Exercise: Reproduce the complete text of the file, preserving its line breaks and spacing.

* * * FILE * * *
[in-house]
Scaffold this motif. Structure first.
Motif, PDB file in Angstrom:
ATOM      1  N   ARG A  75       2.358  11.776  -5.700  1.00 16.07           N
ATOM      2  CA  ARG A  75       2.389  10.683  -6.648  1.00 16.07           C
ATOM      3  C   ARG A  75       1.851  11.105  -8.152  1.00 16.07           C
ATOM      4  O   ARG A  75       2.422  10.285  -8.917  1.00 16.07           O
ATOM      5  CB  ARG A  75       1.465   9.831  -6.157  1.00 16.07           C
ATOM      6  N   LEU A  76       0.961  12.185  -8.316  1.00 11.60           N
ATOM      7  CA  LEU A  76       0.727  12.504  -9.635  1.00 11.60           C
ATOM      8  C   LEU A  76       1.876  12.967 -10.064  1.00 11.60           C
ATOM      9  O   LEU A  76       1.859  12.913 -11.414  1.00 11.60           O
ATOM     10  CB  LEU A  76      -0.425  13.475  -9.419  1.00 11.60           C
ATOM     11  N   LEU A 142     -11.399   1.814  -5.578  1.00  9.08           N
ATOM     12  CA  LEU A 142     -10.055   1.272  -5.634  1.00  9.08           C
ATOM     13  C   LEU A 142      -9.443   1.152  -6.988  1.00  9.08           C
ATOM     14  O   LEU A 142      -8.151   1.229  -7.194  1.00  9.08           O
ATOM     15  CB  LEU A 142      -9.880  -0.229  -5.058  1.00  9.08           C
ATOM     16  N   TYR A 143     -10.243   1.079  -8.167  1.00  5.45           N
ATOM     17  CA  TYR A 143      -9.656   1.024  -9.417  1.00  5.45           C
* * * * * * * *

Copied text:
[in-house]
Scaffold this motif. Structure first.
Motif, PDB file in Angstrom:
ATOM      1  N   ARG A  75       2.358  11.776  -5.700  1.00 16.07           N
ATOM      2  CA  ARG A  75       2.389  10.683  -6.648  1.00 16.07           C
ATOM      3  C   ARG A  75       1.851  11.105  -8.152  1.00 16.07           C
ATOM      4  O   ARG A  75       2.422  10.285  -8.917  1.00 16.07           O
ATOM      5  CB  ARG A  75       1.465   9.831  -6.157  1.00 16.07           C
ATOM      6  N   LEU A  76       0.961  12.185  -8.316  1.00 11.60           N
ATOM      7  CA  LEU A  76       0.727  12.504  -9.635  1.00 11.60           C
ATOM      8  C   LEU A  76       1.876  12.967 -10.064  1.00 11.60           C
ATOM      9  O   LEU A  76       1.859  12.913 -11.414  1.00 11.60           O
ATOM     10  CB  LEU A  76      -0.425  13.475  -9.419  1.00 11.60           C
ATOM     11  N   LEU A 142     -11.399   1.814  -5.578  1.00  9.08           N
ATOM     12  CA  LEU A 142     -10.055   1.272  -5.634  1.00  9.08           C
ATOM     13  C   LEU A 142      -9.443   1.152  -6.988  1.00  9.08           C
ATOM     14  O   LEU A 142      -8.151   1.229  -7.194  1.00  9.08           O
ATOM     15  CB  LEU A 142      -9.880  -0.229  -5.058  1.00  9.08           C
ATOM     16  N   TYR A 143     -10.243   1.079  -8.167  1.00  5.45           N
ATOM     17  CA  TYR A 143      -9.656   1.024  -9.417  1.00  5.45           C